A week ago, AlRiyadh newspaper interviewed the minister of higher education and he had some fascinating things to say. If you read Arabic it is really worth reading through the whole interview and if you don’t then you’ll just have to make do with my post about it.
Before getting to the interview, let me explain the context. Soon after King Abdullah came into power in 2005, he initiated the King Abdullah scholarship program wherein each year thousands of young Saudis are sent abroad for BAs, MAs and PhDs. This in itself is not a new concept in Saudi Arabia because in the seventies and early eighties, scholarships were given out freely. However since the mid-eighties they became a lot more restricted. The reason for this sudden pull back has never been openly explained or even acknowledged. And one of its consequences is that Saudi society became even more closed up within itself. So when King Abdullah came along and opened the door wide to all qualified Saudis, many took advantage of the opportunity. The importance of these scholarships to Saudi society is beyond just the educational. To have thousands of our own men and women experience life outside the muttawa ideology bubble will have a huge impact on our future as a people and a country. And it seems that the minister of higher education, Dr. Al Mousa, is of the same opinion. He views the scholarship program as a cultural, social, political and economical integration.
So far the program has wrapped up five phases, the last was this year in which they gave scholarships to 8223 postgraduate students. And that tallies up the number of students on scholarships since 2005 to about 80 thousand. And they are sent to many different countries such as China, France, Germany and Japan. The choice of countries and courses of study to include in the program is left to a committee of 30 professors and professionals. Recently they had considered the Ukraine, however after visiting the universities there, they decided against it. The best universities for medicine according to this ministry appointed committee are the University of London and the University of Maastricht in Holland in which they have reserved 80 places for Saudis. Also an unnamed Canadian university in which they have reserved 300 places. The countries with the highest number of Saudis in their universities are the UK and Australia, so much so that the ministry has decided to stop sending students there for the foreseeable future.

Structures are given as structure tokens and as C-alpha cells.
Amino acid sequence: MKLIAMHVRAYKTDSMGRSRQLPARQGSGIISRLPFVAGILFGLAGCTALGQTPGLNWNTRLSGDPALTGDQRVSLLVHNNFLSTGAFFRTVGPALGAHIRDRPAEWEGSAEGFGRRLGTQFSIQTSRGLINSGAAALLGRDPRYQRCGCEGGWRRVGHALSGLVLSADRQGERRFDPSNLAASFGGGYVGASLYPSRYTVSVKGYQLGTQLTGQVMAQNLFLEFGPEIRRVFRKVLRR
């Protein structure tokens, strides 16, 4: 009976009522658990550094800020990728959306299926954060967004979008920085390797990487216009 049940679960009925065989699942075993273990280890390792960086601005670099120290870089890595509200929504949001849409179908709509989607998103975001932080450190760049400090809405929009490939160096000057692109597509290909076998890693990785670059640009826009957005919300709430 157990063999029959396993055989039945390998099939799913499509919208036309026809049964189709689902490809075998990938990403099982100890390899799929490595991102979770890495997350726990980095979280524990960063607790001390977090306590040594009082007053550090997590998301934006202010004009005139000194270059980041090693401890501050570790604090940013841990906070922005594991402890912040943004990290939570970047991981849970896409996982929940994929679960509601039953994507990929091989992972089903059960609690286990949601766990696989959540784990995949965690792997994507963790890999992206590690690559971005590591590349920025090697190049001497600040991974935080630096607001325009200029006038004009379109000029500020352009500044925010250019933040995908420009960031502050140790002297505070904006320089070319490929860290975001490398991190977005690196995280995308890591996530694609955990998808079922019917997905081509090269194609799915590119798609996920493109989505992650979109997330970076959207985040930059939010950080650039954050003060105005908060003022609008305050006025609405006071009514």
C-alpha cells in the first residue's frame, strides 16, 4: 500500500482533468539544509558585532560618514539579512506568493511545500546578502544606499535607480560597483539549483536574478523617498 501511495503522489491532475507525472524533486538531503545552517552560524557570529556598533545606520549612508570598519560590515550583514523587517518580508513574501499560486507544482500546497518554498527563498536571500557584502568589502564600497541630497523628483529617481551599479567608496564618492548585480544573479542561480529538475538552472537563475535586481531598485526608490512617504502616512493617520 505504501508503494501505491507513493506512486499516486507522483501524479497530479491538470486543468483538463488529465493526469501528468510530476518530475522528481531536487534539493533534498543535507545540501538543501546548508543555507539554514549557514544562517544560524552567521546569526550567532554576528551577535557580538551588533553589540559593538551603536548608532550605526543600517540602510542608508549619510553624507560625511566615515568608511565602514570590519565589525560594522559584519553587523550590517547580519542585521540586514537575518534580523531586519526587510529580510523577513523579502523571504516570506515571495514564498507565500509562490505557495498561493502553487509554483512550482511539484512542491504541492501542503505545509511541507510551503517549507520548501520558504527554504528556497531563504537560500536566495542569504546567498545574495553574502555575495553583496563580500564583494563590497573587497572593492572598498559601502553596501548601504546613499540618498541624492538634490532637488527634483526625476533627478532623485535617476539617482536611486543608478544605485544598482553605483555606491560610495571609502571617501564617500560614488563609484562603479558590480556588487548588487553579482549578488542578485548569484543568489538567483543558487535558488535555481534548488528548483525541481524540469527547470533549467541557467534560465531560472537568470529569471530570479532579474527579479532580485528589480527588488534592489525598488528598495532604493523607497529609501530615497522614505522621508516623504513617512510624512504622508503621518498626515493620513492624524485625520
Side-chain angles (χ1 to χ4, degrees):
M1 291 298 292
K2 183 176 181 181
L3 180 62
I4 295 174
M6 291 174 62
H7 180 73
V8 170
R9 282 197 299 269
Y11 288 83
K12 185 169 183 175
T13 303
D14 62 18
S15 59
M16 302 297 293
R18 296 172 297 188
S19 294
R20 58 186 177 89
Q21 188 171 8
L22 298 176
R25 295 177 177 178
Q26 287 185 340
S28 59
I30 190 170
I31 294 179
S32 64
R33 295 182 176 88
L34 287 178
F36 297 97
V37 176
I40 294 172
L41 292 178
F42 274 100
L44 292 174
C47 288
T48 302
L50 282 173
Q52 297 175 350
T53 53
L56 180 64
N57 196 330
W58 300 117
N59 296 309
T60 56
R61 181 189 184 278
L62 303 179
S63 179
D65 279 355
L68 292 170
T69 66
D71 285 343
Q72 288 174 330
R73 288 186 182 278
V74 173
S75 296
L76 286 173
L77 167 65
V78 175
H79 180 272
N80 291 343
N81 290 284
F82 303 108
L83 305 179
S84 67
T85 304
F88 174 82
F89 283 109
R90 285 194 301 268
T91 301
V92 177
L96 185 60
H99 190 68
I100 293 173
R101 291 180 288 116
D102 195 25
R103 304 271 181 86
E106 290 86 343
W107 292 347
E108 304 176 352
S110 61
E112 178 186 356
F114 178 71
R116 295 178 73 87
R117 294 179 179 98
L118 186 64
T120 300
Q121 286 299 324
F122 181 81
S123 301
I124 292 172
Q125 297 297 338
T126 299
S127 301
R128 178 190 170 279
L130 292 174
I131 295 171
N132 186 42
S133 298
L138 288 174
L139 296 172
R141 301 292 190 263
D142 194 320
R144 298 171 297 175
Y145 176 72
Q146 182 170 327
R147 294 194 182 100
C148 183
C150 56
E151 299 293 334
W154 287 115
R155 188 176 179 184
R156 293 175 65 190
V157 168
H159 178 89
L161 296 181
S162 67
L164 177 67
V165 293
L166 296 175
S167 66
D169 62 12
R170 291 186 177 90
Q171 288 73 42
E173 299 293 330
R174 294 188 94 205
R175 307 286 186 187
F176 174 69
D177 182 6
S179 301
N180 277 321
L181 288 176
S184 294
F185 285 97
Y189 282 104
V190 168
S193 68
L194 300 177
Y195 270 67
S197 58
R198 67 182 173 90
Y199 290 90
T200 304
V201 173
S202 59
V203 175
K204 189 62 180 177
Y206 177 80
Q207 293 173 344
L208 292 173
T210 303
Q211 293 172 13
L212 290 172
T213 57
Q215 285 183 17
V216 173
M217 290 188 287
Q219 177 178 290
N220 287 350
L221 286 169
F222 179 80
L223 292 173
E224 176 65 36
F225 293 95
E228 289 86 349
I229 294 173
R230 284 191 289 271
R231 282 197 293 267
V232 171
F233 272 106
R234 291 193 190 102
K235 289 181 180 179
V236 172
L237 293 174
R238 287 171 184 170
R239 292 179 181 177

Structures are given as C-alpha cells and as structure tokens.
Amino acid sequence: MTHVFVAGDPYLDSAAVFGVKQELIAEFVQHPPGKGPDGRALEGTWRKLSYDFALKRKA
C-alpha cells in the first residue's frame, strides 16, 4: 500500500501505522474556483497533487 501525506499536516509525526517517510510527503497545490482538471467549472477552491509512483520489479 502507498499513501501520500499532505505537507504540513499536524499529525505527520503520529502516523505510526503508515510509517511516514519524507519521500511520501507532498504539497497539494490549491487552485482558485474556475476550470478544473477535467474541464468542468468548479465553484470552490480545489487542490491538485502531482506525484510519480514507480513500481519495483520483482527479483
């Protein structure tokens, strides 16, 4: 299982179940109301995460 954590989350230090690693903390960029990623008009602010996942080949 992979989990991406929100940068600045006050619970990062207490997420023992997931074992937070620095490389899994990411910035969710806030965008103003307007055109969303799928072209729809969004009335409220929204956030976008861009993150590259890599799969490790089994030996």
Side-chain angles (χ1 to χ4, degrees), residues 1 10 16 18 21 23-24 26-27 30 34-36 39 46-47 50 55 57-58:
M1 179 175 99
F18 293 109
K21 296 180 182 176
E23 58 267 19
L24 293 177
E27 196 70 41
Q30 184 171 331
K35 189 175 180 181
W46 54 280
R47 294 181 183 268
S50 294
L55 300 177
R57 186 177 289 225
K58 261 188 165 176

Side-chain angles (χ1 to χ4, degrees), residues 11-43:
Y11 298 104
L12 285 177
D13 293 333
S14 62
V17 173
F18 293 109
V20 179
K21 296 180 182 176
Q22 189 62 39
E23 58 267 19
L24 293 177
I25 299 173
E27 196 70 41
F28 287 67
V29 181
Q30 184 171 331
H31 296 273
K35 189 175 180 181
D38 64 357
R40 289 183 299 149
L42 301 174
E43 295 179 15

All students who are granted a scholarship must go through an intensive three month English language course and attend workshops and lectures on cultural differences and on how to conduct themselves abroad.
Out of the approximately 70 thousand sent in the past four years, 825 have graduated. 100 of them were given jobs at Al Qaseem University. This is just fantastic because Qaseem is a region notorious for its muttawa ideology and so to have 100 Saudi men and women who have seen and lived abroad work in one of the region’s most influential places can only be good. Others were employed by SABIC, the Saudi airlines and STC.
The minister was also asked about problematic students. According to the minister, 1573 scholarships, 3% of the total, in the past four years were revoked, out of which only 117 were due to moral or legal misconduct. The rest were mainly due to absenteeism and low grades. He comments that these statistics show that the program is a success.